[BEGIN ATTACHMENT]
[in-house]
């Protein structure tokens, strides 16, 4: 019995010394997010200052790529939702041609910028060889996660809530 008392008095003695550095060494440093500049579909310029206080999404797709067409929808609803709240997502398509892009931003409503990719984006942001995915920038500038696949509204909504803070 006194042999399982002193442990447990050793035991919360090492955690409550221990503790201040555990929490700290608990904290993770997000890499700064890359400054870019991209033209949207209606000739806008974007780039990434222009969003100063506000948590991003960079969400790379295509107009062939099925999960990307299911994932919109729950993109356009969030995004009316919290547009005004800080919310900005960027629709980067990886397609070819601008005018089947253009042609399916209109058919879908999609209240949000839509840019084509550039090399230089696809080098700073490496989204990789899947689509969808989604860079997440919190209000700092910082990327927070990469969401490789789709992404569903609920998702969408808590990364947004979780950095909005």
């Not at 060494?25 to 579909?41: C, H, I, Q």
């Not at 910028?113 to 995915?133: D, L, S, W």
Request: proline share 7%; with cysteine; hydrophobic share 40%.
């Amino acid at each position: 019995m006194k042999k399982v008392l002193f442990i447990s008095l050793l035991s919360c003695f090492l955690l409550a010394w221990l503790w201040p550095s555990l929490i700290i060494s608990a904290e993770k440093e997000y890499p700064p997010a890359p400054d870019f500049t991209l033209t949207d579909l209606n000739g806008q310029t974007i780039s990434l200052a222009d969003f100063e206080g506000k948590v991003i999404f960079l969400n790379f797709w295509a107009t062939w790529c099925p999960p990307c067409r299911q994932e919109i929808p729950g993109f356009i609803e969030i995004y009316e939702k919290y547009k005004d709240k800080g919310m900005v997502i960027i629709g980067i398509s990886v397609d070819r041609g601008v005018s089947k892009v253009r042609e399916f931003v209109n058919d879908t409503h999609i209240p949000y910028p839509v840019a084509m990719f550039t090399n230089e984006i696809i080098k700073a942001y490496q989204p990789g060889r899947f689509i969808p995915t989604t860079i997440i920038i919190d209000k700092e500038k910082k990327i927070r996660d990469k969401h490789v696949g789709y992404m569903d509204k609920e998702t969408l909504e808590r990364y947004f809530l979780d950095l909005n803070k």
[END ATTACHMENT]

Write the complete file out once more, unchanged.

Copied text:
[in-house]
């Protein structure tokens, strides 16, 4: 019995010394997010200052790529939702041609910028060889996660809530 008392008095003695550095060494440093500049579909310029206080999404797709067409929808609803709240997502398509892009931003409503990719984006942001995915920038500038696949509204909504803070 006194042999399982002193442990447990050793035991919360090492955690409550221990503790201040555990929490700290608990904290993770997000890499700064890359400054870019991209033209949207209606000739806008974007780039990434222009969003100063506000948590991003960079969400790379295509107009062939099925999960990307299911994932919109729950993109356009969030995004009316919290547009005004800080919310900005960027629709980067990886397609070819601008005018089947253009042609399916209109058919879908999609209240949000839509840019084509550039090399230089696809080098700073490496989204990789899947689509969808989604860079997440919190209000700092910082990327927070990469969401490789789709992404569903609920998702969408808590990364947004979780950095909005």
């Not at 060494?25 to 579909?41: C, H, I, Q």
């Not at 910028?113 to 995915?133: D, L, S, W």
Request: proline share 7%; with cysteine; hydrophobic share 40%.
């Amino acid at each position: 019995m006194k042999k399982v008392l002193f442990i447990s008095l050793l035991s919360c003695f090492l955690l409550a010394w221990l503790w201040p550095s555990l929490i700290i060494s608990a904290e993770k440093e997000y890499p700064p997010a890359p400054d870019f500049t991209l033209t949207d579909l209606n000739g806008q310029t974007i780039s990434l200052a222009d969003f100063e206080g506000k948590v991003i999404f960079l969400n790379f797709w295509a107009t062939w790529c099925p999960p990307c067409r299911q994932e919109i929808p729950g993109f356009i609803e969030i995004y009316e939702k919290y547009k005004d709240k800080g919310m900005v997502i960027i629709g980067i398509s990886v397609d070819r041609g601008v005018s089947k892009v253009r042609e399916f931003v209109n058919d879908t409503h999609i209240p949000y910028p839509v840019a084509m990719f550039t090399n230089e984006i696809i080098k700073a942001y490496q989204p990789g060889r899947f689509i969808p995915t989604t860079i997440i920038i919190d209000k700092e500038k910082k990327i927070r996660d990469k969401h490789v696949g789709y992404m569903d509204k609920e998702t969408l909504e808590r990364y947004f809530l979780d950095l909005n803070k």